By Keith Whitcomb

Unless you are locating assets in a Roth account, when you build your IRA or 401(k) balance you are also building a tax bill. That's because tax deferred accounts only postpone the payment of taxes.

At the recent Investments & Wealth Institute conference, Michael Kitces described this delayed tax obligation as an "Embedded IRA Tax Liability" and placed it on a household's balance sheet. The net effect of including the taxes ends up reducing the value of traditional 401(k) and IRA balances.

It's like owning a house with a mortgage - your equity is the net of the value of the house and the size of the mortgage. However, unlike a mortgage, instead of declining over time, the tax liability just continues to grow until you withdraw money from your account.

Recognizing accrued taxes more fully describes the value of assets available for generating your retirement income. It also serves as a basis for measuring the tax implications of different account location strategies in order to help you determine what best fits your financial circumstances.

Measure It

So how big is your embedded tax liability? In order to figure that out you need to measure it. While there are a number of ways to do that, perhaps the easiest method is to assume you remove the funds from the account with one withdrawal. This is basically a worst-case scenario that estimates the maximum tax impact. The only part of the evaluation subject to debate is the tax rate used in the calculation. Your average tax rate (not marginal) may work well when making the calculation.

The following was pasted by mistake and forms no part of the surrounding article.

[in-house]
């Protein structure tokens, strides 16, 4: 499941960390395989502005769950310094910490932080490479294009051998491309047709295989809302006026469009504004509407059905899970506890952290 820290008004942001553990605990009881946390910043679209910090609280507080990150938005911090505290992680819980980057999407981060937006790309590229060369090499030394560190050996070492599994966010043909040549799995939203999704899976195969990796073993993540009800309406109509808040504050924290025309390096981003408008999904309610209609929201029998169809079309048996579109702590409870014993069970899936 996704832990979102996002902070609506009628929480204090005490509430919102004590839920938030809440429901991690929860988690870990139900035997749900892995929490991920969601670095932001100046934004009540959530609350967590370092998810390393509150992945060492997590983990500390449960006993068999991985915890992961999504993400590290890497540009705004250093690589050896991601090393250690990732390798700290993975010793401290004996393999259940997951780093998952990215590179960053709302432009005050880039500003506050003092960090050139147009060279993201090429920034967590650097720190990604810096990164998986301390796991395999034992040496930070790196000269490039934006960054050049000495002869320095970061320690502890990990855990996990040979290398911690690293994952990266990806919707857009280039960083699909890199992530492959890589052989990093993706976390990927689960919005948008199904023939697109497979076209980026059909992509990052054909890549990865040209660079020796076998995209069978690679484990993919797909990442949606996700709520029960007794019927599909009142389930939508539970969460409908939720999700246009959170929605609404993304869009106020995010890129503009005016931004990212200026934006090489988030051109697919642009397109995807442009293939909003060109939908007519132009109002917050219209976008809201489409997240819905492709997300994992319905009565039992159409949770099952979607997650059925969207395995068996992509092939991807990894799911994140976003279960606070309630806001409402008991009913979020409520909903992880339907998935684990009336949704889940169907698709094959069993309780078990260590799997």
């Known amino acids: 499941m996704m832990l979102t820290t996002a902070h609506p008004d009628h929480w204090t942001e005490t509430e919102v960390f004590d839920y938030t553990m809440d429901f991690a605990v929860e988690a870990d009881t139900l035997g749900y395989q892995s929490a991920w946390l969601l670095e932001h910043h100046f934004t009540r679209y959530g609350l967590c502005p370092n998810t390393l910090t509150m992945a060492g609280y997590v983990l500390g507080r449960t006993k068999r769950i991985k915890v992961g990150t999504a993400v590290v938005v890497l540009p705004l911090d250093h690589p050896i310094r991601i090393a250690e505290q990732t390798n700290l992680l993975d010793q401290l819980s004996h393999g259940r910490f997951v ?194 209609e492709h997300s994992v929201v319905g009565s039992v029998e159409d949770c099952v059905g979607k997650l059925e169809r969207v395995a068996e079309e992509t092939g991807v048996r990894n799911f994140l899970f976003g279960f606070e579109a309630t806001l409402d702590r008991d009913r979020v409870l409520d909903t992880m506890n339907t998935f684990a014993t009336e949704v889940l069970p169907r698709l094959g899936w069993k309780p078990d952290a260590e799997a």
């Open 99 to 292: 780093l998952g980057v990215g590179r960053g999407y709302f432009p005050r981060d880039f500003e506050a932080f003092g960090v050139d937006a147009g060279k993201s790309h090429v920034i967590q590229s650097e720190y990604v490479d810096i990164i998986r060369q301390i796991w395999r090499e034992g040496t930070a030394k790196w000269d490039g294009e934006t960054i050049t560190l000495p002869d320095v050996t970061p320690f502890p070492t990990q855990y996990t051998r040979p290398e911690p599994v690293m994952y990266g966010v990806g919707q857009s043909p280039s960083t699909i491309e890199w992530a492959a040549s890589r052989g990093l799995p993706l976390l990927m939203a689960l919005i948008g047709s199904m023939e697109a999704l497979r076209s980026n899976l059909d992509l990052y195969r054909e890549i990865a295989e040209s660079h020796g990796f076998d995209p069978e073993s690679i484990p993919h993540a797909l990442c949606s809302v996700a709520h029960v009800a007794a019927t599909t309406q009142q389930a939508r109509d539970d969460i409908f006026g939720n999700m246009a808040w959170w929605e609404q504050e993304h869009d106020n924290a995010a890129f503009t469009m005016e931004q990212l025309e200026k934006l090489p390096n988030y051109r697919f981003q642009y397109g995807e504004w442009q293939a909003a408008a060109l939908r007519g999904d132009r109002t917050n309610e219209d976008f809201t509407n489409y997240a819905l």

The formula is: (Account Balance) x (Tax rate). Yeah, pretty simple.

An enhancement of the calculation is to discount the withdrawal to today's dollars as shown in the table below.

Another method for calculating the tax looks at the expense created when making Required Minimum Distributions (RMDs) from the account. This basically establishes the minimum tax payment and is likely more realistic than assuming a complete account liquidation at age 59 ½.

Several assumptions enter into this calculation (see footnote in table below), which makes it less definitive than the previous "simple" calculation, but it will allow you to evaluate a range of expected outcomes. The table below summarizes example results that illustrate the two valuation techniques.

Unlike the illustration above, your calculation will use your own account location strategy, i.e. where you will be saving money, budgeted retirement cash flows, and retirement account draw-down strategy. Once the calculation is performed, you will be able to evaluate taxable and tax-free accounts (like Roth, HSA, and bank demand deposits) on an apples-to-apples basis, given the inclusion of both assets and liabilities within your household balance sheet.

Can You Retire from Taxes?

We're not talking about tax evasion here, or merely tax deferral, but intelligent tax avoidance that could conceivably eliminate federal income taxes during retirement.

Before you get too excited, let's take a look at some tools, techniques, and limitations involved with attempting to accomplish this feat:

  • Health Savings Account (HSA) - Pay all qualified medical expenses (QME) with "triple tax-free" (when deposited, on growth, and when withdrawn) HSA savings during retirement. QME's not only include doctor, pharmacy, and healthcare facility expenses, but also Medicare and long-term care insurance premiums. Check out IRS publication 502 for a complete QME listing. Downside: contribution limits apply.